The new zixi.com is just about a month old. And I couldn’t be happier with the results. Traffic is way up; average on-site times are increasing and Google seems to really like the site’s content, boding well for future traffic increases.
My love affair with WordPress is well known (see related posts at the bottom of this post). This is the fifth or sixth WordPress website, depending on how you count, I have done for employers and clients. And I am convinced it’s the best. I thought you might be interested in some of the tips and techniques I used to create a successful B2B website using WordPress. Here in no particular order, are my thoughts and experiences:
Maintain absolute control. It’s obvious you want to manage the designer/theme-developer closely. But you should know WordPress well enough to understand the relationship between the coder/designer’s output and the way it will affect what you can do on the site long after she is finished with the initial site. For example, you may need a contact page template that offers no navigation if, like me, you subscribe to the theory that anything on a landing page other the the input form is a distraction to ADD-addled visitors and reduces conversion rates. Or, you might want to change the way video is embedded in your site; that means you need to understand the capabilities of the plugins she’s relying on.
But I am not talking about just control at the WordPress level. As tough as it sounds, you need to become good enough at Linux, Apache, php and MySQL so that you can actually install WordPress yourself. There’s just no substitute for being able to add/delete FTP users, update WordPress file permissions and diagnose MySQL if you want a smoothly-running website. And the time savings in being able to get things done with your own resources is significant. Note that I am explicitly saying that pre-configured WordPress sites you might get from your ISP are an unfortunate loss of control. I am also saying that if you want to be a successful online marketer in the 21st century, you simply have to step up to the technical, geeky aspects of online marketing. The downside is that your client or boss will never understand all the value you are providing unless they happen upon you when you have a WordPress php file open in a text editor. But you must get that good.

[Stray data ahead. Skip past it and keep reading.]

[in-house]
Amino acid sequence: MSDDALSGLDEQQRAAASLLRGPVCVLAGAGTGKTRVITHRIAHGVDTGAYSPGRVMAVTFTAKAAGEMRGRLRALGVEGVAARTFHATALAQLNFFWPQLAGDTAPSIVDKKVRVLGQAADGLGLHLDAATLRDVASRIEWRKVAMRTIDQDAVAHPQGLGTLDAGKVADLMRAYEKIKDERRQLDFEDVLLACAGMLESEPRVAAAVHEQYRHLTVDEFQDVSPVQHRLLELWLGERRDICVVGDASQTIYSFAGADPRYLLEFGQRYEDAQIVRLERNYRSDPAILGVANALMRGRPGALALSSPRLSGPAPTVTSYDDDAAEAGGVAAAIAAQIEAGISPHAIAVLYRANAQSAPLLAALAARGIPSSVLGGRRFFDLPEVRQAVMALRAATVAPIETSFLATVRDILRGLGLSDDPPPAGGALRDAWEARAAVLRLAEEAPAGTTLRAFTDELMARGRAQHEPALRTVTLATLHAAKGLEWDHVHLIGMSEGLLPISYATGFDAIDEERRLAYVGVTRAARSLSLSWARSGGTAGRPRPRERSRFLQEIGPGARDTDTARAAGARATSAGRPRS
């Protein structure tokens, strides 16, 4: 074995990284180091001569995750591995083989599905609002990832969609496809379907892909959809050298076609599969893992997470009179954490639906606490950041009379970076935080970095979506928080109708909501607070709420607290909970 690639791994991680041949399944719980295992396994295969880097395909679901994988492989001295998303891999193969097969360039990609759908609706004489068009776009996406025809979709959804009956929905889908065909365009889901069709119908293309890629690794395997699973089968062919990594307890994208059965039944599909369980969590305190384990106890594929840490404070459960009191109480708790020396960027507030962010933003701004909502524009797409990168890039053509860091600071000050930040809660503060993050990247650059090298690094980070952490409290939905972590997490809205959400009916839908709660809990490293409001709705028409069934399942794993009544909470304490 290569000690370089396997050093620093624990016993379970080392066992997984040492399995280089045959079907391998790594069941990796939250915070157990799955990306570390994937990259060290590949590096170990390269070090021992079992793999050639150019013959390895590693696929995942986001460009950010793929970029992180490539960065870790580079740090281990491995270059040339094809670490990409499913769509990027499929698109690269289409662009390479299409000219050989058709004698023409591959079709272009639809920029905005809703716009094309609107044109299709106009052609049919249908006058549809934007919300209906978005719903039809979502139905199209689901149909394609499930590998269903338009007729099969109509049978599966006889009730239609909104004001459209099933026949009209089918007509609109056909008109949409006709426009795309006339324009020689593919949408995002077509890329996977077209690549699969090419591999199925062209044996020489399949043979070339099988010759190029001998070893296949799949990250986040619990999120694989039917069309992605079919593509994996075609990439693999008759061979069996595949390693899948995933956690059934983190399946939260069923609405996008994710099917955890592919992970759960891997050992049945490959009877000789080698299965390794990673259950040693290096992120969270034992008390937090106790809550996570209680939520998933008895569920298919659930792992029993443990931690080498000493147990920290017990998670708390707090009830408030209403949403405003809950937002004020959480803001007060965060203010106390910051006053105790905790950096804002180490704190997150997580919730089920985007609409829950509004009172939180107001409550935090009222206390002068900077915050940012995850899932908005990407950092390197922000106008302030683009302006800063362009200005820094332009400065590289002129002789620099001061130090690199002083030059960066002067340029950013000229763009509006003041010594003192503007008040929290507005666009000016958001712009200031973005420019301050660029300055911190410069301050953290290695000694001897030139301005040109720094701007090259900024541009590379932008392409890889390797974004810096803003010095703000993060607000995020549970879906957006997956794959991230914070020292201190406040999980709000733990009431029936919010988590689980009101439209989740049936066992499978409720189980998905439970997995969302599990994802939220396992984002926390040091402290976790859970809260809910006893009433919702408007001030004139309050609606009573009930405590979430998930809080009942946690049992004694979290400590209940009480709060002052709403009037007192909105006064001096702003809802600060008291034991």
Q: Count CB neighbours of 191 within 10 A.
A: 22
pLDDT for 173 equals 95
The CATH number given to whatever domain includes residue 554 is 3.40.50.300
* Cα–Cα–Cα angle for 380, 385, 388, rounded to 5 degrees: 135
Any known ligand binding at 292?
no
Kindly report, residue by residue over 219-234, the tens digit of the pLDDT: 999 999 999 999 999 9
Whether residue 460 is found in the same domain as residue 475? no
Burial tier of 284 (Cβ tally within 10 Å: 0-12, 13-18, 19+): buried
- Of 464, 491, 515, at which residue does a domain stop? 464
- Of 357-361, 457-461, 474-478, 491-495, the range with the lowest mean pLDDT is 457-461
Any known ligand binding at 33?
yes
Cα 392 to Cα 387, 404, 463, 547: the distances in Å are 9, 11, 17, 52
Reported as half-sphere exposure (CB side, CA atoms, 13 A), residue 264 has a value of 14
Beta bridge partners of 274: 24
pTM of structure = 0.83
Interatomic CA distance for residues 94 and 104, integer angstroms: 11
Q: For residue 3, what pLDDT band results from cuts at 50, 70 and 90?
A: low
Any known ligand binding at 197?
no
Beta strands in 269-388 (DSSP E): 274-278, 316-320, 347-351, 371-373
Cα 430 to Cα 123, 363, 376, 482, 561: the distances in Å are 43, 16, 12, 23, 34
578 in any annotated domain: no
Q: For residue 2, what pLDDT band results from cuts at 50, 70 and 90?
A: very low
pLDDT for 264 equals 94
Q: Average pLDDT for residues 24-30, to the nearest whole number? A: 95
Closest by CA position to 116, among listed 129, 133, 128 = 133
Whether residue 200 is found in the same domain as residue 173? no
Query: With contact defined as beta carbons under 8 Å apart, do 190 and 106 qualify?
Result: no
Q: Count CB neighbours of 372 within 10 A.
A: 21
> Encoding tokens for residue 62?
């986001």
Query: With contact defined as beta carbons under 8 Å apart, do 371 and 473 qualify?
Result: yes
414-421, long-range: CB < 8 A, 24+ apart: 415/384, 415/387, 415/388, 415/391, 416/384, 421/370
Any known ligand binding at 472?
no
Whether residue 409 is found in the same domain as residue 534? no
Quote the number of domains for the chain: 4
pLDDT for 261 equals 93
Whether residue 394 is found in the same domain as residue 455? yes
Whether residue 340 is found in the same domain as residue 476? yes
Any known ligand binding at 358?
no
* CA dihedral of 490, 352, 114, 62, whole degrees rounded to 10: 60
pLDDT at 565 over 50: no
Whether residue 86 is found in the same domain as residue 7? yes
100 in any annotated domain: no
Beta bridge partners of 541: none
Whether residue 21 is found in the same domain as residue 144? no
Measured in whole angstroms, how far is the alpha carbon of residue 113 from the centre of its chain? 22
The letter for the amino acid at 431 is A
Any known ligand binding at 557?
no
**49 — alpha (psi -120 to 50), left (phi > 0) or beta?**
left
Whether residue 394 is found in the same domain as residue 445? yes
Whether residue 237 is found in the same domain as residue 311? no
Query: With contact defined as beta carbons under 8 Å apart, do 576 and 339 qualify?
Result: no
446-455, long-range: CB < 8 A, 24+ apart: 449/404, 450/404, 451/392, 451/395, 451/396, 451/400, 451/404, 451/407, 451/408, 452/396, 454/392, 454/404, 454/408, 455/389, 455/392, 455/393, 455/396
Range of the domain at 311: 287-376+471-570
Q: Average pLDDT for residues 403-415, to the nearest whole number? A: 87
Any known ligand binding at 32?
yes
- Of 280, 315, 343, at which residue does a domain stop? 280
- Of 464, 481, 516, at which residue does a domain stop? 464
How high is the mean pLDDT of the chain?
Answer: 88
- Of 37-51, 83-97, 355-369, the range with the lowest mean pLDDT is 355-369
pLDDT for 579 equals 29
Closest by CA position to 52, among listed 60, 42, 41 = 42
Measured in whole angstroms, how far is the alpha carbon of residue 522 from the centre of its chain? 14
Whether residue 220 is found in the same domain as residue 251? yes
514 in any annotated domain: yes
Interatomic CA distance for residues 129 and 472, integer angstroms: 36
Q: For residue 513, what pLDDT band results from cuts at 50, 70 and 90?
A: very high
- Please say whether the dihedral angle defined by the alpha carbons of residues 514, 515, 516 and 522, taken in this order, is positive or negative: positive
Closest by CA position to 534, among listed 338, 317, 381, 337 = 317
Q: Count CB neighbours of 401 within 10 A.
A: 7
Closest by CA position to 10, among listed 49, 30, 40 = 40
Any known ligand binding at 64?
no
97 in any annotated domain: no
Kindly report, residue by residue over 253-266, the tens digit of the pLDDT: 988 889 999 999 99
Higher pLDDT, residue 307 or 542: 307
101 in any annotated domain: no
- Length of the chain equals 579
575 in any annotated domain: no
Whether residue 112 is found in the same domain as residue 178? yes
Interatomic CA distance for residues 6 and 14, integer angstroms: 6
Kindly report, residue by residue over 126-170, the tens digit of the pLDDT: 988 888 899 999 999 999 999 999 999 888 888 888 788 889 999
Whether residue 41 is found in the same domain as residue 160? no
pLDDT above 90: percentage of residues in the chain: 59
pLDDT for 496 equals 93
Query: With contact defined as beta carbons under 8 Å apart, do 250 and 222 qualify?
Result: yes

Finally, write the site yourself. Nothing makes you more conversant in your product that making sure every word on the site is from you. It also makes for a remarkably consistent site. This means you will also need a proofreader because none of us are good enough to catch all our mistakes. Budget for one, ideally someone you have collaborated with previously who understands your writing style.
Host your WordPress site on Amazon Web Services EC2. For typical B2B website levels of traffic, an m1.small 64-bit instance running AWS Linux (really CentOS) is just right. This costs about $50/month. Peanuts. For the first year, you can create an image of your site in a t1.micro instance for free using AWS’s free tier. Do it. Learning how to change the files in /etc for a different IP address, subdomain and other miscellaneous changes to make the image run in a separate instance is just the ticket to help you get good at administering a Linux site running WordPress. Plus, once your site is in production, you would be crazy to update plugins without testing them. Get good at staying up late at night and creating AMI’s that are complete backups, including EBS storage, of your website. Enjoy the benefits of consistent response times, high availability and the ability to simply upgrade the site when traffic increases.